Coral reefs are being degraded by an accumulation of stresses arising from human activities and changes in the natural environment. Increased emissions of CO2 as a result of human activities have contributed to the warming of the earth’s surface; this includes the temperature of the world’s oceans, which is having a devastating effect.
How are we damaging coral reefs?
Increasing demand for fish has resulted in overfishing of many reef species with a decline in stocks. In addition, Over-fishing of certain species on or adjacent to coral reefs can affect the reef’s ecological balance and biodiversity. For example, over-fishing of herbivorous fish can lead to high levels of algal growth.
From subsistence level fishing to the live fish trade, better fisheries management is needed. The aquarium trade is a $4-5 billion industry, and the majority of marine aquaria are stocked with species caught from the wild. Threats from the trade include the use of cyanide in collection, and over-harvesting of target species. When poorly managed, the trade has a significant impact on reefs and so, for example, Hawaii has passed a legislative bill to ban the trade in aquarium fish. To learn more about the effects of overfishing, visit: https://oceanservice.noaa.gov/facts/coral-overfishing.html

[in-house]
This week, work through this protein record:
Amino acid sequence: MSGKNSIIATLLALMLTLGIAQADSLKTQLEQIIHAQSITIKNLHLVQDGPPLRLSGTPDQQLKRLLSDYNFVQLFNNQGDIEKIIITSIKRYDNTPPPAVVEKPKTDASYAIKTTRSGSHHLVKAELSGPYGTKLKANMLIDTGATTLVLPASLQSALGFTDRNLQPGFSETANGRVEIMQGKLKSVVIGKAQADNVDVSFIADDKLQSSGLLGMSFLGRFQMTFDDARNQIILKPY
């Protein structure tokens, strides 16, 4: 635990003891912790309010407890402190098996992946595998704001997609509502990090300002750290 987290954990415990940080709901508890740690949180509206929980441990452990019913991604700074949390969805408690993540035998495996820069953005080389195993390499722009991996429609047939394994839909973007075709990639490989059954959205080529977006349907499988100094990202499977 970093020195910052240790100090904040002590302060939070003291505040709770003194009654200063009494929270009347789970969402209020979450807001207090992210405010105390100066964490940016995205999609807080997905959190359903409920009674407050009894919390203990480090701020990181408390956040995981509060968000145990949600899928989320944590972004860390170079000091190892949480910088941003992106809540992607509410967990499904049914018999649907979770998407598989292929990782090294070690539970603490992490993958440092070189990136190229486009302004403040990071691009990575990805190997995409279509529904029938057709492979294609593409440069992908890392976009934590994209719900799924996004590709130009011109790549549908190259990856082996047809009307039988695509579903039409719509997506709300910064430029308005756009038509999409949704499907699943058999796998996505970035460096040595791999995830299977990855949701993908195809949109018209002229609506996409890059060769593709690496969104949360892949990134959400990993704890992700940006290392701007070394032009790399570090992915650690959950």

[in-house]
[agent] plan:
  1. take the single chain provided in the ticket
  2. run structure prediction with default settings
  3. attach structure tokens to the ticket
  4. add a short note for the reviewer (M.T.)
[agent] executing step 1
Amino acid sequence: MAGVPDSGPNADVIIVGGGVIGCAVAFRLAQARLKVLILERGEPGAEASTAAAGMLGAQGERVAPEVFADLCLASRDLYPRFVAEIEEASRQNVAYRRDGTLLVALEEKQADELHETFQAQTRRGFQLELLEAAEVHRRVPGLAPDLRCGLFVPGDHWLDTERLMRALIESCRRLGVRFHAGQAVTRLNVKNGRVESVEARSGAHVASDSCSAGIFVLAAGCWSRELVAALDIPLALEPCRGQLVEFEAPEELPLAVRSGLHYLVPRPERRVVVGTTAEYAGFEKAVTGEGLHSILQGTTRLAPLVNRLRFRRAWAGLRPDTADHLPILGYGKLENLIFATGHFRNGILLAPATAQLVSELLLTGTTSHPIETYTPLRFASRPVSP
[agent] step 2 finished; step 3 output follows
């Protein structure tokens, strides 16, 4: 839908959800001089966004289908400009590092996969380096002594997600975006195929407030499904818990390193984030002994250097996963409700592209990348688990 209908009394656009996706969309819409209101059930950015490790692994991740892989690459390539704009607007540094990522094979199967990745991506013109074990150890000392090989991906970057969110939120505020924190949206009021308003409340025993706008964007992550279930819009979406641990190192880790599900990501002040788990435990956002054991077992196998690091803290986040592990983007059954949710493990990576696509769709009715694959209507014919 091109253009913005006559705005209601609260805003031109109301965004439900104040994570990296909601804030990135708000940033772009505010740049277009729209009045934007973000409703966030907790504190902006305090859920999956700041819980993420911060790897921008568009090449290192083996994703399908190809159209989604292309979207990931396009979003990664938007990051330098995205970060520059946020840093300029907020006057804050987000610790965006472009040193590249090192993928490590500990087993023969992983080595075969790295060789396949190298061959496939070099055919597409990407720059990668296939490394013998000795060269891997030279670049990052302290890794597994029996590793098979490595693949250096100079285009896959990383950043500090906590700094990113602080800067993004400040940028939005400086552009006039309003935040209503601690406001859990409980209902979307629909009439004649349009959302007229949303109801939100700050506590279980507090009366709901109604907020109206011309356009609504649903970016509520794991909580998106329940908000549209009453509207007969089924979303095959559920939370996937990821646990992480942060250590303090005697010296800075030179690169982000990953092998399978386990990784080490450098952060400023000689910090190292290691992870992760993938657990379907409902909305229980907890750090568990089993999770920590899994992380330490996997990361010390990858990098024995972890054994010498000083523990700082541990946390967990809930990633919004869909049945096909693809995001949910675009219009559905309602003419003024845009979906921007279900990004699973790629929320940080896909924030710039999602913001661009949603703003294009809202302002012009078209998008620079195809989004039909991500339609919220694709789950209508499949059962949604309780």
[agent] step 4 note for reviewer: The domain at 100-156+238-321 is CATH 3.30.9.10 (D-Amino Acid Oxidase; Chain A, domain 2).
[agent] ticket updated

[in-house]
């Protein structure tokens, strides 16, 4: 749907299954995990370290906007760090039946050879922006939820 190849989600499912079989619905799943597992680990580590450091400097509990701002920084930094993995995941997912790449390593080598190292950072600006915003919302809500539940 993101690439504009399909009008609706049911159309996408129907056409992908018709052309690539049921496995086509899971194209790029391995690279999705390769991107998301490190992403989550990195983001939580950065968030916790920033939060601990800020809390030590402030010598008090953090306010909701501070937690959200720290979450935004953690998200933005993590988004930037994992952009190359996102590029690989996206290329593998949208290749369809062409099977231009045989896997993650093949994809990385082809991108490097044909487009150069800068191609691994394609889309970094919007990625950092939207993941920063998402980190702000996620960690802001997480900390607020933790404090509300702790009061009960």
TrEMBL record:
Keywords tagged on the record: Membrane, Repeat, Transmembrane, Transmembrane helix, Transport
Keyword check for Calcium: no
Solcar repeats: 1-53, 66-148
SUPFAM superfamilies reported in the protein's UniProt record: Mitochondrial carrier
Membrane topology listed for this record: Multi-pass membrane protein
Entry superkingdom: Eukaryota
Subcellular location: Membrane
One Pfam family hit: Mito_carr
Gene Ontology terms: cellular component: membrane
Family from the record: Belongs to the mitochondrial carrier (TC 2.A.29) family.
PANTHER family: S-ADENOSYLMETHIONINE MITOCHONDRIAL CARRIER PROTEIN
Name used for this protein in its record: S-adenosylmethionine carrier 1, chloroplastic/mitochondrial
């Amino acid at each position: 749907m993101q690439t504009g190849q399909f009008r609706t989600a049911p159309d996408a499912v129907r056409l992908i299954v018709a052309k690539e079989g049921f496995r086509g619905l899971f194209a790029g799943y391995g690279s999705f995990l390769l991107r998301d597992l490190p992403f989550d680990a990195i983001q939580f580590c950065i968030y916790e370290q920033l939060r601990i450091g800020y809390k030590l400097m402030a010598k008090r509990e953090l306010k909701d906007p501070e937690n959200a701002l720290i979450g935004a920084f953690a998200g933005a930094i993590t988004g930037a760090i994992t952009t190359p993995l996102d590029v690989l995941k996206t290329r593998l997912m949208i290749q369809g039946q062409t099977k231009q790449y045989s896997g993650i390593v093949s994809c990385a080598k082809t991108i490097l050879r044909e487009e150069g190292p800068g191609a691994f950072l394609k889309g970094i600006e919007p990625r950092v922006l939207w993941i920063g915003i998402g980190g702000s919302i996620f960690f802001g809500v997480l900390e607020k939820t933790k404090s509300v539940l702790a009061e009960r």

Destructive fishing methods
Fishing with dynamite, cyanide and other damaging methods can damage entire reefs and is 100% unsustainable. Dynamite and cyanide stun the fish, making them easier to catch. Damaging such vast areas of coral reef habitat on which the fish rely will reduce the productivity of the area, with further impacts on the livelihoods of fishermen.
The tourist and leisure industries generate vast amounts of income in coastal countries. Where unregulated recreational activities can cause damage to the very environment upon which the industries depend. Physical damage to the coral reefs can occur through contact from careless swimmers, divers, and poorly placed boat anchors.
Coastal populations have some of the fastest rates of growth in tropical countries and the associated development has a range of negative impacts on coral reefs. Airports and buildings are often built on land reclaimed from the sea. Sensitive habitats can be destroyed or disturbed by the dredging of deep-water channels or marinas, and through the dumping of waste materials.